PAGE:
This archived news story is available only for your personal, non-commercial use. Information in the story may be outdated or superseded by additional information. Reading or replaying the story in its archived form does not constitute a republication of the story.
SALT LAKE CITY -- Severe weather is causing delays and wreaking havoc across Northern Utah. The first line of storms hit parts of Davis and Weber Counties Thursday morning, and round two moved into the Salt Lake Valley quickly behind.
Weather causes delays for drivers across valley
The heavy rain caused complications for drivers in many parts of the Wasatch Front, but one of the thorniest problems was on 3300 South where it crosses beneath Interstate 15. There's a low spot on the east side of the crossing where water tends to pool. Shortly after heavy rains washed across the valley, 3300 South became a lake -- or, at least, a giant puddle.
It got deep enough to quickly cut off traffic both east and westbound on 3300 South. Police say some vehicles were stalled in water was as deep as two feet in some parts.
There were no shutdowns on the freeway itself, although there were slowdowns and backups. But on 3300 South itself, authorities shut down east and westbound traffic, diverting it onto the freeway or side streets until the lanes could be reopened at 3:00 p.m.
"This is the first time I can recall that we've had to shut this intersection down, so in the past three, four, five years," said Gary Keller with the South Salt Lake Police Department. "So it's unusual. We don't know if the drainage system has been clogged with leaves and debris. We have crews on scene and they're working on it now."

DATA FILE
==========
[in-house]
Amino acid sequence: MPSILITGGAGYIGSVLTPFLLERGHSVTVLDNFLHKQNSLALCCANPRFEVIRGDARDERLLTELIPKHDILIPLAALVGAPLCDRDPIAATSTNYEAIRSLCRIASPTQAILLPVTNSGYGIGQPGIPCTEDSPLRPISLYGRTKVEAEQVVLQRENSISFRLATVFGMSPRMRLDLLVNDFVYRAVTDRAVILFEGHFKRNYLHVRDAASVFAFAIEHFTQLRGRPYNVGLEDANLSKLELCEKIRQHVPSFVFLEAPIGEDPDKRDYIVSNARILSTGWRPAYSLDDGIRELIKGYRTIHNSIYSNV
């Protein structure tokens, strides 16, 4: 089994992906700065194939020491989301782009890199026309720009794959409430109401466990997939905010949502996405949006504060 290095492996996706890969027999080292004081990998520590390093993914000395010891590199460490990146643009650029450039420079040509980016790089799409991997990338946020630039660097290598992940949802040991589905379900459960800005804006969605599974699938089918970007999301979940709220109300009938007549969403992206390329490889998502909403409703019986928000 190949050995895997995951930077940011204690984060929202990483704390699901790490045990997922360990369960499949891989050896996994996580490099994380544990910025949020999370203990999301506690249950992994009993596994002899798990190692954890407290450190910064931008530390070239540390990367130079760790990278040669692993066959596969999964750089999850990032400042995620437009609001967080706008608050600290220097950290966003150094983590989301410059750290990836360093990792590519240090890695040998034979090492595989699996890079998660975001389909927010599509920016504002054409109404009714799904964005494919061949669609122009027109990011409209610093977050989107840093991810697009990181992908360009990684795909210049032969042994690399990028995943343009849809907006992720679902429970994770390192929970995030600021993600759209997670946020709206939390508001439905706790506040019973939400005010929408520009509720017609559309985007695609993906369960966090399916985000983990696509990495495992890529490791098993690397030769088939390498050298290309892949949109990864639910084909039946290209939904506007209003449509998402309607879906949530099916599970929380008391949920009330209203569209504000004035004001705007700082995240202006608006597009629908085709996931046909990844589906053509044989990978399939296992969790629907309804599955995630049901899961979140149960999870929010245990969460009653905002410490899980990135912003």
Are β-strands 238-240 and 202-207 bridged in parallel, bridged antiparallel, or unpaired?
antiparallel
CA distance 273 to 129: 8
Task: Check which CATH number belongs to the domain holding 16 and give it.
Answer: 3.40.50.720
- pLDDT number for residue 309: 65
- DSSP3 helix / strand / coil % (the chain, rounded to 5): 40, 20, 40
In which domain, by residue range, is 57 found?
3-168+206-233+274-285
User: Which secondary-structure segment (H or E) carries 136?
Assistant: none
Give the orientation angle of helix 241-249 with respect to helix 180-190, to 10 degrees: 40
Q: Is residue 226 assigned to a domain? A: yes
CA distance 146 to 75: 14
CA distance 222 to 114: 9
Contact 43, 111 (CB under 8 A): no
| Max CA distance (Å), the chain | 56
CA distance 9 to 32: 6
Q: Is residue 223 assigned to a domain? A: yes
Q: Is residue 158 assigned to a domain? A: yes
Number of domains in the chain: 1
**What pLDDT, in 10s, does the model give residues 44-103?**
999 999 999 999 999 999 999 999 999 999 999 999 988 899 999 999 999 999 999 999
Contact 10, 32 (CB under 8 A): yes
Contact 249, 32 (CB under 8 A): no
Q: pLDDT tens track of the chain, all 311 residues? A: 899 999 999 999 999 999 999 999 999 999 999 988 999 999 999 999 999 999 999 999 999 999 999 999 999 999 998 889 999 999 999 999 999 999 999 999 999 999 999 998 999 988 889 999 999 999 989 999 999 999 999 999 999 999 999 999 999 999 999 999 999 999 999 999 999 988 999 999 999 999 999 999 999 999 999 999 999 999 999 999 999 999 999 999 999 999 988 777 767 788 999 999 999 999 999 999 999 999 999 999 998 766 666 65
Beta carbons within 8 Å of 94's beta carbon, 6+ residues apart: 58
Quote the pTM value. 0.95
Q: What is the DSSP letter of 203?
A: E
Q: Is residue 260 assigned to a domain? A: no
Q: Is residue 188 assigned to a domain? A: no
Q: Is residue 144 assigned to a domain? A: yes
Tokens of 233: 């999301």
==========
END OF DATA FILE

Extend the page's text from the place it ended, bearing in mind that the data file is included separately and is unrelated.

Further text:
South valley flooding affects travelers and homeowners
The weather-related problems were not confined to South Salt Lake. Videos posted on YouTube Thursday show flooded streets in Riverton. Up and down the Wasatch Front there were numerous flooding situations and storm-related accidents, including a jackknifed semi on I-215.
"We had a rash of crashes right after the rainstorms hit," said Sgt. Larry Mower with the Utah Highway Patrol. "We had areas where we had standing water, a couple of cars hydroplaned, things like that."
Draper city has crews with heavy equipment available to assist homeowners. Residents can pick up sandbags at the Draper Public Works Facility at 72 E. 14525 South.
For a few unlucky homeowners, there were some serious issues. Firefighters helped move furniture and belongings out of a basement in Herriman. It's the kind of flood that seems small-scale, unless it happens to your family.
Homeowner Tara Kinkead said, "This whole window well was full of water. And then it pushed through and busted the window and just flooded in through the basement, and it just kept coming through."
In Draper, residents of up to 25 homes have reported flooding. Near Springdale Way, which is about 13200 South and 1700 East, city crews have been on the scene for the better part of the afternoon working to clear the mud, debris and rocks that filled the neighborhood.
Residents say they watched the water rush down the street, followed by a trail of mud and rocks, after the storm. The debris flow came down from the Corner Canyon fire zone.
"You just kind of watch it happen. There's nothing you can really do, just watch mother nature take its course," said Andrea Wilkinson, whose yard flooded.
"A boulder blocked the driveway and so it diverted the water and mud into my driveway, so it kind of backed up against the garage doors and pooled right there," said neighbor Tiffany Wallace.
A lot of the muddy water washed away yards, and homeowners are now left to clean up the mess with city crews. Thankfully for this neighborhood their homes were not flooded, but residents say a few streets down their neighbors were not so lucky.
Draper is also reporting an active debris flow in the Steeplechase area above Highland Drive. Crews closed Highland Drive from Bear Hollow to the Draper City Equestrian Center.
For more information, check the KSL Weather Center.